People who know this area well sometimes refer to Tustin as "The City of the Trees." Although a variety of trees are responsible for this nickname, this is a distinctive quality of the area which dates back centuries, actually to the time of the early Spanish explorers. The first Europeans in Orange County came with the Portola Expedition in 1769. This expedition, which had two padres (including Father Juan Crespi) and a small contingent of the army, set out north to establish the string of missions throughout California. (Father Serra, who was in charge of this project, was not along on this expedition, remaining in San Diego to establish the mission there.) A few years later, the early Spanish Grijalva scouting party (The Anza Expedition, 1776) identified the area from Santiago Creek to Red Hill as El Alisal, the Sycamore Grove. At that time, the land was dotted with massive, white-barked sycamore trees. It is of some note that three of the massive trees still exist, although today they are on private property.
The American Indians living in the region when the Spanish first arrived spoke a dialect of the Shoshone language. Much of the Indian culture is only today being pieced together from archeological studies in the area. However, it is known that there had been an Indian village or gathering place around Red Hill.
Although the Indians of that time were nomadic, when the Spanish came, they grouped the Indians according to which mission district they were in at the time, and turned them from fishermen and harvesters of seasonal nuts and berries into farm workers. The Indians who lived in what is today the Tustin area were called the "Gabrielino" Indians, for they were under the jurisdiction of the San Gabriel Mission. They were considered, according to the European standards of the time, to be "somewhat more sophisticated" than the "Juanenos" Indians, who were under the jurisdiction of the San Juan Capistrano Mission.
The reason trees grew here was the same one which attracted Indians and then the early settlers - the availability of a dependable water supply, some of it from natural artesian wells that flowed from the ground. The water certainly attracted Juan Pablo Grijalva, who, in 1810, received a grant to use it for ranching. Over the next generations, the land was divided between family members. In 1868, when a dispute within the family over ownership could not be resolved, the land was partitioned to be sold.
Columbus Tustin, a Northern California carriage maker, and his partner Nelson Stafford, purchased 1,300 acres of what had been the Rancho Santiago de Santa Ana for the price of one dollar and fifty cents per acre. Mr. Tustin attempted to create "Tustin City," but sales of homesites were slow, and in the early 1870s he ended up giving free lots to anyone who would build a home.
In 1877, Tustin lost out to Santa Ana as the Southern terminus of the Southern Pacific Railroad, and Columbus Tustin died in 1883, a bitterly disappointed man. Nonetheless, with the abundance of water, the community named after him gradually became established as an agricultural center. By the 1880s there were three churches, a fifty room hotel, a bank, and a horse drawn "tallyho" (trolley line) which connected Tustin to Santa Ana. By the turn of the century, groves of apricots and walnuts were gradually being replaced by the more profitable Valencia oranges.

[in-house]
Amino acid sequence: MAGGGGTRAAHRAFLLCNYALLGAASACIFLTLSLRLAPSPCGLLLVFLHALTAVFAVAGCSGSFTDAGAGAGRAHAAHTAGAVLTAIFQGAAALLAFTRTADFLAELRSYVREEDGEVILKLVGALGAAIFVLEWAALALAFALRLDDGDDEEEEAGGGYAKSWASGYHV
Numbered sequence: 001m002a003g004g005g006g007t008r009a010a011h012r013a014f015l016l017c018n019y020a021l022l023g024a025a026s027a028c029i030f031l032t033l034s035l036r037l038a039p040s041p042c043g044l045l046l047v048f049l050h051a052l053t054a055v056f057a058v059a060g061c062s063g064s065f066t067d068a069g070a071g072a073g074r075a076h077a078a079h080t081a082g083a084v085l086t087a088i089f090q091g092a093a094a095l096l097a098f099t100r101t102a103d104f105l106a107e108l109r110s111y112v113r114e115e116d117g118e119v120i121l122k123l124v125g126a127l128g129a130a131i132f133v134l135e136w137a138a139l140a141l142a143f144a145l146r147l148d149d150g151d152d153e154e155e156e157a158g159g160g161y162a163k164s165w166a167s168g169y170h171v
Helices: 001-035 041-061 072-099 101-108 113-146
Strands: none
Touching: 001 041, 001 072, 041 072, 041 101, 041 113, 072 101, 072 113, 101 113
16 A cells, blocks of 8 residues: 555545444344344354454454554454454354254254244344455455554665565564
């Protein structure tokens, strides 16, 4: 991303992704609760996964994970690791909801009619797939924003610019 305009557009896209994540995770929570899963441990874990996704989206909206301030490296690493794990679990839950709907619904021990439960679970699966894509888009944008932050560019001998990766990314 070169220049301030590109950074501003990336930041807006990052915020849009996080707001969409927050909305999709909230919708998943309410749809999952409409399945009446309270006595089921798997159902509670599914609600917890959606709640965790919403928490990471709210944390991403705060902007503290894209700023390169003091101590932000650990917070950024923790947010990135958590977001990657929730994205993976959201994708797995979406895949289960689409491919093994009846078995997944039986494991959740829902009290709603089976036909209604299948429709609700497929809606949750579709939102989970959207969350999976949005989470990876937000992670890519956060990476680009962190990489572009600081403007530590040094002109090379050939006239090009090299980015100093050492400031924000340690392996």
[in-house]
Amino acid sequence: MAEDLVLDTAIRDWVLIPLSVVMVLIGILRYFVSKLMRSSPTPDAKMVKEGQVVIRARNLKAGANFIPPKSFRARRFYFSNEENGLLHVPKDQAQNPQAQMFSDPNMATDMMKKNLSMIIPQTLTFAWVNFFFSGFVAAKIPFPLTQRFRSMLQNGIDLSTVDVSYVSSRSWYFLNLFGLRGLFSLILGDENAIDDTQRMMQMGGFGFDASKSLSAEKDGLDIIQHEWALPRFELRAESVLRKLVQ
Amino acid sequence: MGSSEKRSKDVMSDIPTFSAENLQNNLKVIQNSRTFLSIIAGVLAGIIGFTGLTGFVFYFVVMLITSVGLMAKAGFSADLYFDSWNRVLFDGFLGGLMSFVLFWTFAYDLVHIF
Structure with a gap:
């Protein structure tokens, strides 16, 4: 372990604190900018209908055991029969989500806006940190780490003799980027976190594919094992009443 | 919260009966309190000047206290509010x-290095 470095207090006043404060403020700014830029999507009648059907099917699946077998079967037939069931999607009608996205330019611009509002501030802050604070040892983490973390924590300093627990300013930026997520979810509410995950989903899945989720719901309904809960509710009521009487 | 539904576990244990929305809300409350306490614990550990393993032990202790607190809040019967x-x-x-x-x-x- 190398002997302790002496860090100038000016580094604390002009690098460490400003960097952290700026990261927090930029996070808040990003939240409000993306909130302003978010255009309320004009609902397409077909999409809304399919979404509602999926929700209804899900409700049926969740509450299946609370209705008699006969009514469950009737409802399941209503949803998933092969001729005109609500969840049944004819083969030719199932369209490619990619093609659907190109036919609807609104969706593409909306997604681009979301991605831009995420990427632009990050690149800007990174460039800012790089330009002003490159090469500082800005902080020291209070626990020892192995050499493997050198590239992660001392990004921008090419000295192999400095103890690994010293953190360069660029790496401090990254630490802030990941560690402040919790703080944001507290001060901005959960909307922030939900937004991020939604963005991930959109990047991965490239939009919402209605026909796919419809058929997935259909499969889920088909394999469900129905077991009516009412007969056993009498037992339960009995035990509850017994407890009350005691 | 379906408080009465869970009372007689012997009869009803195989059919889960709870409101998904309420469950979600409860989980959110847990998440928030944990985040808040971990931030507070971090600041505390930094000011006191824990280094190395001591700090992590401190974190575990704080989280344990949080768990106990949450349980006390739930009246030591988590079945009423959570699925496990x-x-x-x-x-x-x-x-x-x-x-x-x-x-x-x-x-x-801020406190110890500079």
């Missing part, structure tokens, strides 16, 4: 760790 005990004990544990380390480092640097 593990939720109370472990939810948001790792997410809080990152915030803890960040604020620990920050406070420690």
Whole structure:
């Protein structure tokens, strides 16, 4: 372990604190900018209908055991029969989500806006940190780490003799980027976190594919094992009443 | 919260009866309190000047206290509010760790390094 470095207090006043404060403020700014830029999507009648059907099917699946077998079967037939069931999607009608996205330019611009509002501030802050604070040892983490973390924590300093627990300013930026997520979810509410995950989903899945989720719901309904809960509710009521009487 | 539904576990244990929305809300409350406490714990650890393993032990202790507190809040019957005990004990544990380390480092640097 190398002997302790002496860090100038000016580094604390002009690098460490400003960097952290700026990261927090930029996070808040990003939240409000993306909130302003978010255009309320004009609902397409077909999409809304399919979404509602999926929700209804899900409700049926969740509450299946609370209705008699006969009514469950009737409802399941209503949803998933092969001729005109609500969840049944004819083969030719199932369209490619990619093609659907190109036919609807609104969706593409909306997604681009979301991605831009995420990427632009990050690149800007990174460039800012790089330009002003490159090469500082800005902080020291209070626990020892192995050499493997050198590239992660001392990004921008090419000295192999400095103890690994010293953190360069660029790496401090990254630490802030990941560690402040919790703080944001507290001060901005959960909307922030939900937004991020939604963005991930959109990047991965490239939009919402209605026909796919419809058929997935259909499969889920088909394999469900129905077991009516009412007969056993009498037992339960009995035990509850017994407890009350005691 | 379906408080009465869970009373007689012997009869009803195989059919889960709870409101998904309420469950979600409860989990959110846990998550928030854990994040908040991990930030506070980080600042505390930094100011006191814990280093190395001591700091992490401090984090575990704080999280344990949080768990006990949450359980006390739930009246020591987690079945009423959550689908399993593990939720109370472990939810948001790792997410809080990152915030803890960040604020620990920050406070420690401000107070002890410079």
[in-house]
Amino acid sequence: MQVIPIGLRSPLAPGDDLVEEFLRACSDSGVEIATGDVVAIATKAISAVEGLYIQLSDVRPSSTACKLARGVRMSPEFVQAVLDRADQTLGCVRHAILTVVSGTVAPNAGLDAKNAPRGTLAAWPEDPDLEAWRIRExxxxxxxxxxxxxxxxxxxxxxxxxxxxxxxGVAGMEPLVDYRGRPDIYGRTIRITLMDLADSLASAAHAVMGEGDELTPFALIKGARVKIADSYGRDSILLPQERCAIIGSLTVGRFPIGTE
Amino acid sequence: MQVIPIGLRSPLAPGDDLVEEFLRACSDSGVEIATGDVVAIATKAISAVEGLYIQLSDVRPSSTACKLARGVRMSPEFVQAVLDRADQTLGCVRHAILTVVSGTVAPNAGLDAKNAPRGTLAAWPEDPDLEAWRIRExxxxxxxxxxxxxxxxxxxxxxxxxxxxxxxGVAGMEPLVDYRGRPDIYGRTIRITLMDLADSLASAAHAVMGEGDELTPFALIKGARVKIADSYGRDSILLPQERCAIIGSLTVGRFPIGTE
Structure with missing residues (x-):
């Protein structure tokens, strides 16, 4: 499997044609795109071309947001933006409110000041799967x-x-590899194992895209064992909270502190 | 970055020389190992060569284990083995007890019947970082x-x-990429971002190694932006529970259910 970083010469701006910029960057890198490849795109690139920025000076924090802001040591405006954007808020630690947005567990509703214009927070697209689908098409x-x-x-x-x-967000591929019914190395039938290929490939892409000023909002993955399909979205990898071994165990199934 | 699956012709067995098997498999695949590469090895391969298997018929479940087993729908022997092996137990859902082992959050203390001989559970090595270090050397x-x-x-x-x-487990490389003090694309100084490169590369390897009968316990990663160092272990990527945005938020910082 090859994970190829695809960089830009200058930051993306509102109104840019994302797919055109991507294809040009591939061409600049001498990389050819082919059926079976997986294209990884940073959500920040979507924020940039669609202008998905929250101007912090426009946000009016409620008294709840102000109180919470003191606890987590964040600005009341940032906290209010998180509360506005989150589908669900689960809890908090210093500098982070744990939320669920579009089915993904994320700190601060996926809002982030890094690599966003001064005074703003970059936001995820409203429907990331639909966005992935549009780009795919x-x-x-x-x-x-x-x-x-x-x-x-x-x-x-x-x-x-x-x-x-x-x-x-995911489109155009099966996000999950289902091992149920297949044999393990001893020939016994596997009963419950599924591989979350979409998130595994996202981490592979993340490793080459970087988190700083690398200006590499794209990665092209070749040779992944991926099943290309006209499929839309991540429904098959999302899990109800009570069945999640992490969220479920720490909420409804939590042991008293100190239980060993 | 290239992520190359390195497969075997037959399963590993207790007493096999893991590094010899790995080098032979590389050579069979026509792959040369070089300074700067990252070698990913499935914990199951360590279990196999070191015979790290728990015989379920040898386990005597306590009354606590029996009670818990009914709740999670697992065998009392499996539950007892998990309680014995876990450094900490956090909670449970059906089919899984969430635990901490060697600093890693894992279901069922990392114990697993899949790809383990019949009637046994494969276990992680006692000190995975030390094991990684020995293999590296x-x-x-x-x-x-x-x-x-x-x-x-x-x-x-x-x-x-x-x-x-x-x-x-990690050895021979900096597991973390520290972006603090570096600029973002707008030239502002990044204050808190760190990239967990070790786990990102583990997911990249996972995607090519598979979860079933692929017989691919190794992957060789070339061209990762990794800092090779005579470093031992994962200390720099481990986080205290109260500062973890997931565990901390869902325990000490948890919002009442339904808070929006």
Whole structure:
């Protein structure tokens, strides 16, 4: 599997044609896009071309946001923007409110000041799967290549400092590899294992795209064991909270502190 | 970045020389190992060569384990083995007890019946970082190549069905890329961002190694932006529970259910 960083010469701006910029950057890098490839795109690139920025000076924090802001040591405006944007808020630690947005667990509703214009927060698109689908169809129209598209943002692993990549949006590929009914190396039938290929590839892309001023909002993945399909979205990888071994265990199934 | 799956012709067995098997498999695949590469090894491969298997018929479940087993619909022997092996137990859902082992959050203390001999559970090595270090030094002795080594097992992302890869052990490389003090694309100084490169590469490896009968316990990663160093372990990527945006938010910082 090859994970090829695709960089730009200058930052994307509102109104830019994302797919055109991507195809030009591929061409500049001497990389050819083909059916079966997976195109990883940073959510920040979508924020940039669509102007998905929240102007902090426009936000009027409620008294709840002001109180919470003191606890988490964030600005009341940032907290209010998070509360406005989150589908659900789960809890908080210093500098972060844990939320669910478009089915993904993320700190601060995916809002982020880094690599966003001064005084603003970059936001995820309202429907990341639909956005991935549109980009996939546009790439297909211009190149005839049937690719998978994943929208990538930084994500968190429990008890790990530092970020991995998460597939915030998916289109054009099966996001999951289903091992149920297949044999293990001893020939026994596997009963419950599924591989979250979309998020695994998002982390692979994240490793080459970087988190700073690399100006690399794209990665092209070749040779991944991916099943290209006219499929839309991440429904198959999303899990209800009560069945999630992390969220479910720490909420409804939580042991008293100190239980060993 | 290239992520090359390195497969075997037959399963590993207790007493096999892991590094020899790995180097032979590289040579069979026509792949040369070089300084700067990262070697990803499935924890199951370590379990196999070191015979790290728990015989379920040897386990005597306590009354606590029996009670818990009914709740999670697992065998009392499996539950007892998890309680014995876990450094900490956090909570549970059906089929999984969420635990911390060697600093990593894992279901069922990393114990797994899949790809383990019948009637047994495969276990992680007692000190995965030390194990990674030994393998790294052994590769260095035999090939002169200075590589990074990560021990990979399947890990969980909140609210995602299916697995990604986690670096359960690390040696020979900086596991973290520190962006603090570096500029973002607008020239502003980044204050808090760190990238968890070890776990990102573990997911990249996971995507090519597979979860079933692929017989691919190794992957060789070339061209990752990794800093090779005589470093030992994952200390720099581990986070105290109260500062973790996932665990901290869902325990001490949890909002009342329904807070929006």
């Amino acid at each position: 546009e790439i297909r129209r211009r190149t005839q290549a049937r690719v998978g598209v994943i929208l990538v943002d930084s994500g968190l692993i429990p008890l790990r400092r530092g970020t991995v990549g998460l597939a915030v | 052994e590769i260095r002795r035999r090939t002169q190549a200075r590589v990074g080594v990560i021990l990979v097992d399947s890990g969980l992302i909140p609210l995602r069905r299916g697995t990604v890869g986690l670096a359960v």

Tustin's reputation as an area leader in education was begun at this time, with a public school led by educator John "Zeke" Zeilian. In 1927, the population topped 900, and the voters elected to incorporate.
During World War II, three military bases were established in nearby bean fields and unincorporated areas in proximity to Tustin: the Santa Ana Army Air Base, the El Toro Marine Corps Air Station, and the navy's Lighter-Than-Air Base (where the huge hangers housed coast-patrolling blimps).
In the 1950s, Tustin's growth began in earnest. Freeways, quality schools, and post-war industries attracted thousands of people. The orchards were developed by builders and by 1970 the population had jumped to 32,000. Growth was a painful process as houses replaced orange groves. Old timers and newcomers alike had to adapt to each other, cope with new problems and situations, and expand facilities to handle increased patronage. And so tract after tract replaced grove after grove.
With all the development, the next step was annexations to the City. Annexation became the major issue during the period from 1955 to 1965. One of the early annexations to the city was the Tustin Union High School campus. Although the school was built in 1921, it remained outside the city limits until annexation in 1957. During the 1950s the City increased 220 percent in size with annexations. The big leap came in the 1960s when the population increased a whopping 1,012 percent, going from 2,006 to 22,313 population and the land area increased from 434.23 acres to 2,214.77, or a 410 percent increase. Several large annexations greatly increased the city's area between 1971 and 1981. The Marine Corps Air Station was annexed to Tustin, adding 2,076 acres to the city. A few years later a total of 2,257 acres that had been in the Irvine Ranch agricultural preserve were annexed and are being developed as Tustin Ranch.
Today, almost all the orchards are gone; now Tustin is an urban area. However, if you know where to look, you can still see signs of the City's proud history. Historic old buildings, some dating back to the 1880s, are maintained in "Old Town" on Main Street and El Camino Real. The museum shows a living history of those times gone by. And there's more: three trees yet remain of those original massive sycamores. And finally, everywhere lining the streets, one still sees trees, trees and more trees in Tustin, The City of Trees.
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